Search This Blog

Loading...

09 July 2012

Types of ships

Ships are difficult to classify, mainly because there are so many criteria to base classification on. One classification is based on propulsion; with ships categorised as a sailing ship, a steamship, or a motorship. Sailing ships are propelled solely by means of sails. Steamships are propelled by steam engines. Motorships use internal combustion engines; they include ships propelled by a combination of sail and internal combustion.
Ships can also be classified by other criteria such as:
  • The number of hulls: monohull, catamaran, trimaran.
  • The shape, size, and function, giving categories such as dinghy, keelboat, and icebreaker.
  • The hull material: steel, aluminum, wood, fiberglass, and plastic.
  • The type of propulsion system used, giving human-propelled (e.g., historical triremes), mechanical, and sails.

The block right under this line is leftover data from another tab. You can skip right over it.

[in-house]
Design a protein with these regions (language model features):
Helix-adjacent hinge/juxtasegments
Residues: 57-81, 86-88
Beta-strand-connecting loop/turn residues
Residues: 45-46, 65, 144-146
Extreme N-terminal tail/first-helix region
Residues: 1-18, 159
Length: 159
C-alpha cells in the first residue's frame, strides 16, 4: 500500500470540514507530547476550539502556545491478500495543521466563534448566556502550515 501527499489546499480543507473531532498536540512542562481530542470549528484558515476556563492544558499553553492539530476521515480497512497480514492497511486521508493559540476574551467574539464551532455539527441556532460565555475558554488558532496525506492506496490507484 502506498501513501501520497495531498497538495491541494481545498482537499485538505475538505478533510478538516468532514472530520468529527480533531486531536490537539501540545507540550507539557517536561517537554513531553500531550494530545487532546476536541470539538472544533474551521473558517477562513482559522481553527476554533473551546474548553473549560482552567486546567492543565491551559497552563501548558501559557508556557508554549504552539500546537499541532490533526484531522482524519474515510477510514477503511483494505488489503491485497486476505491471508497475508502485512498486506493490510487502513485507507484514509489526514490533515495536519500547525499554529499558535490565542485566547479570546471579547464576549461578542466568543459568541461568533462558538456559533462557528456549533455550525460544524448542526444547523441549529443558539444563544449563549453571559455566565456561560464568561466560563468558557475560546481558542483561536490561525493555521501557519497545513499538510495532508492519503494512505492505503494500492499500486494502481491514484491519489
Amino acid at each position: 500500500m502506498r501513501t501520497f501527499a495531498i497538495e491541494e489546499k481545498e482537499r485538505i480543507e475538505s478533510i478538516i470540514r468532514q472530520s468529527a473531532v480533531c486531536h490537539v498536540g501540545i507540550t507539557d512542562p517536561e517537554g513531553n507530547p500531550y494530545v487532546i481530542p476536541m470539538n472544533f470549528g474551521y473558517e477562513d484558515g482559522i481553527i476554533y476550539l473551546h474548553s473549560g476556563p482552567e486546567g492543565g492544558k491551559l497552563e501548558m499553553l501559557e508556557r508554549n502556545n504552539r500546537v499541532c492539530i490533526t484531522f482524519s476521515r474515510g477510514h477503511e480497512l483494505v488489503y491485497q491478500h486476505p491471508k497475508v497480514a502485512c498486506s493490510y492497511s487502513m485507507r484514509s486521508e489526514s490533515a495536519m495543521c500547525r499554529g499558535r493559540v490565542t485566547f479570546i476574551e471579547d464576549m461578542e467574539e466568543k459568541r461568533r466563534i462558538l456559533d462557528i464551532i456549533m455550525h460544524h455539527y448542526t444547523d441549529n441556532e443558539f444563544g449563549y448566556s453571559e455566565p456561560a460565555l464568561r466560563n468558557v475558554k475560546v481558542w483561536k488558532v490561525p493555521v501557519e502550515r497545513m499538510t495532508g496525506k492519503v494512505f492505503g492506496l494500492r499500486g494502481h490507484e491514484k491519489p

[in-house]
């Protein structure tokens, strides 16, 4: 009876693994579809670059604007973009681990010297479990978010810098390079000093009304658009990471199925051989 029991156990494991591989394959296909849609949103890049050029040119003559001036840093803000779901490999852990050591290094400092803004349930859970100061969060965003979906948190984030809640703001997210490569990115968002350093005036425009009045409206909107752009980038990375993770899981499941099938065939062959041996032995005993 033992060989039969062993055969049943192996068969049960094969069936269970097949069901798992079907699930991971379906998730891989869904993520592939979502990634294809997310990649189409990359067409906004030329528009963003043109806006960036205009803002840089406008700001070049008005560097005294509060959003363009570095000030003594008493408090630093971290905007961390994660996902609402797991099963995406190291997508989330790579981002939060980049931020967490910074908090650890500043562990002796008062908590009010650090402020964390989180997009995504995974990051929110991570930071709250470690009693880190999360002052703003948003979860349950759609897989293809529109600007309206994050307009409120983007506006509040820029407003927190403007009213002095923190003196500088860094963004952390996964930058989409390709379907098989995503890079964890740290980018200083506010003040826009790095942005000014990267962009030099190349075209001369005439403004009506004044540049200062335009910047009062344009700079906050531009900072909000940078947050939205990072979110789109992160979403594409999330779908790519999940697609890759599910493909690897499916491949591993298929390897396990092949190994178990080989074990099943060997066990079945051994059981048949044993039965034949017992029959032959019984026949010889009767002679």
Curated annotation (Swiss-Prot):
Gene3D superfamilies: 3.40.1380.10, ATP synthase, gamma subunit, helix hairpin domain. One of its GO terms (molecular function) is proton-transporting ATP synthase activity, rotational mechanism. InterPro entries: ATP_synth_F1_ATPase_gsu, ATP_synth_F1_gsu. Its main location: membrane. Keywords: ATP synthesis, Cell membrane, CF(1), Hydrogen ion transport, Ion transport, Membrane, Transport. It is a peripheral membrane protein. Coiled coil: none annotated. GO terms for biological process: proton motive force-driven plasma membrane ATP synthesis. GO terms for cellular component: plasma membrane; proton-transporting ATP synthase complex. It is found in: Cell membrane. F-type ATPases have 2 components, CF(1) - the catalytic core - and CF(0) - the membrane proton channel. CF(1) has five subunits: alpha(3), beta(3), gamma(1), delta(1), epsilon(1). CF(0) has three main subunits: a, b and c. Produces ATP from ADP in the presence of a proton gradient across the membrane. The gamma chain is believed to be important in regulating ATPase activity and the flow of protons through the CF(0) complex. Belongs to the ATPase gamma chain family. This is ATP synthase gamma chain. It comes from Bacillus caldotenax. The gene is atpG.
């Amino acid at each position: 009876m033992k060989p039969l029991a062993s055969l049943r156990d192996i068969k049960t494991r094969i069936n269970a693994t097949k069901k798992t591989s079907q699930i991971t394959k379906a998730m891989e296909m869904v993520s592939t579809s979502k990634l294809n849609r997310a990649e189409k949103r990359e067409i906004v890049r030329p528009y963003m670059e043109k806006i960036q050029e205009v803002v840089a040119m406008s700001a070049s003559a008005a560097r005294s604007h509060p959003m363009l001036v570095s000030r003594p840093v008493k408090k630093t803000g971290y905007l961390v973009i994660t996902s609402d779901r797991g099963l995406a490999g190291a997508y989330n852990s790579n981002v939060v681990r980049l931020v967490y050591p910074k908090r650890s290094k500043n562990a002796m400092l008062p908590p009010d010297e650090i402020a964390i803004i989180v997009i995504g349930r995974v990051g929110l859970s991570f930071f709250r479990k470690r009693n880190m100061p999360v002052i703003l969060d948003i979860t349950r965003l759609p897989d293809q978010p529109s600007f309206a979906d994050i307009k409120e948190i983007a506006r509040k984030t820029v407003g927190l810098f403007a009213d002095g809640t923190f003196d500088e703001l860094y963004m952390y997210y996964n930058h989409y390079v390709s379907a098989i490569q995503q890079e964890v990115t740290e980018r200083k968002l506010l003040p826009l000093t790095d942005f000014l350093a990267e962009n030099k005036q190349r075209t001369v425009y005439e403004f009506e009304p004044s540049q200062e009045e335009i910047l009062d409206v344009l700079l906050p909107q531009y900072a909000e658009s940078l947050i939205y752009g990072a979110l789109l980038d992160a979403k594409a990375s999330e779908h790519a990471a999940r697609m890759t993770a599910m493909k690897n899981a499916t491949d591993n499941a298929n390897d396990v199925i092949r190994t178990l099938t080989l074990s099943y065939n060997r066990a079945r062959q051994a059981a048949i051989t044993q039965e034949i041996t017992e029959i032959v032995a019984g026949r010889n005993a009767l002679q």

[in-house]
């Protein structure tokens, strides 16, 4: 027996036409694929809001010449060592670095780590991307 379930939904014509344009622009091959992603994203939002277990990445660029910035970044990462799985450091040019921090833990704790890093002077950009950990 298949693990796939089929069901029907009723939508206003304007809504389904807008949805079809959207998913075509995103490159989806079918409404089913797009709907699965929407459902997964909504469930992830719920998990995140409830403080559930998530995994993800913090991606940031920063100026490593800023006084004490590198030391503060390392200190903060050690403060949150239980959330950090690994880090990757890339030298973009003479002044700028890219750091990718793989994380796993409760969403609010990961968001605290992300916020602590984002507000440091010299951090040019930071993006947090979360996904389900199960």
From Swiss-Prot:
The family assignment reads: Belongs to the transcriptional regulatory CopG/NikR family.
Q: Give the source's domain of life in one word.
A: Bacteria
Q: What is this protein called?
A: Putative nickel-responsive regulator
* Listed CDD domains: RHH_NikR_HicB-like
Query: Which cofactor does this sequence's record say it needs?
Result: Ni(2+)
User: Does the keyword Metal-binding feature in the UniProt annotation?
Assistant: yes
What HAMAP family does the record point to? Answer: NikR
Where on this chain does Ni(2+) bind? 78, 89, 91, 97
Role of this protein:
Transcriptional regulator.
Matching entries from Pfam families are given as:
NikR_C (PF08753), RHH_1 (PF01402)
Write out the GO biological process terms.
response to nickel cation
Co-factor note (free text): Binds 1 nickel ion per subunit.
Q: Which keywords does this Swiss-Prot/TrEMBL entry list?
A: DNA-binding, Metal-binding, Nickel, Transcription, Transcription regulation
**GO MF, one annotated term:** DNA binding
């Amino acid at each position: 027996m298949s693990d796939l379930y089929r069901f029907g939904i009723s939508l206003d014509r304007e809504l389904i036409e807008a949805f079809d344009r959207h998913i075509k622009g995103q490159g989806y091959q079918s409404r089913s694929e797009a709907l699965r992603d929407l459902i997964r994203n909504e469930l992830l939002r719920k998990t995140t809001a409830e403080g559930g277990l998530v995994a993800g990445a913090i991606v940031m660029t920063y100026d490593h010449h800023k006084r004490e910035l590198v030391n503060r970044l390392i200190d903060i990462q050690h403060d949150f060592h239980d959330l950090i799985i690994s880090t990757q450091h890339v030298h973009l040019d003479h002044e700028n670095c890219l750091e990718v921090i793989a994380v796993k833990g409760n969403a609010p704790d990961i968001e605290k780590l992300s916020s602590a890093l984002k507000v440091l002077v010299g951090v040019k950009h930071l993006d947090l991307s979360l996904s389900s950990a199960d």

• The epoch in which the vessel was used, triremes of Ancient Greece, ships of the line of battle in the 18th century.
  • The geographic origin of the vessel; many vessels are associated with a particular region, such as the pinnace of Northern Europe, the gondolas of Venice, and the junks of China.
  • The manufacturer, series, or class.
Another way to categorize ships and boats is based on their use, as described by Paulet and Presles.[44] This system includes military ships, commercial vessels, fishing boats, pleasure craft and competitive boats. In this section, ships are classified using the first four of those categories, and adding a section for lake and river boats, and one for vessels which fall outside these categories.
Comments
0 Comments

No comments:

Post a Comment

Please double post in this blog is up to you

SILAHKAN COPY PASTE SEPUAS MU

Related Posts Plugin for WordPress, Blogger...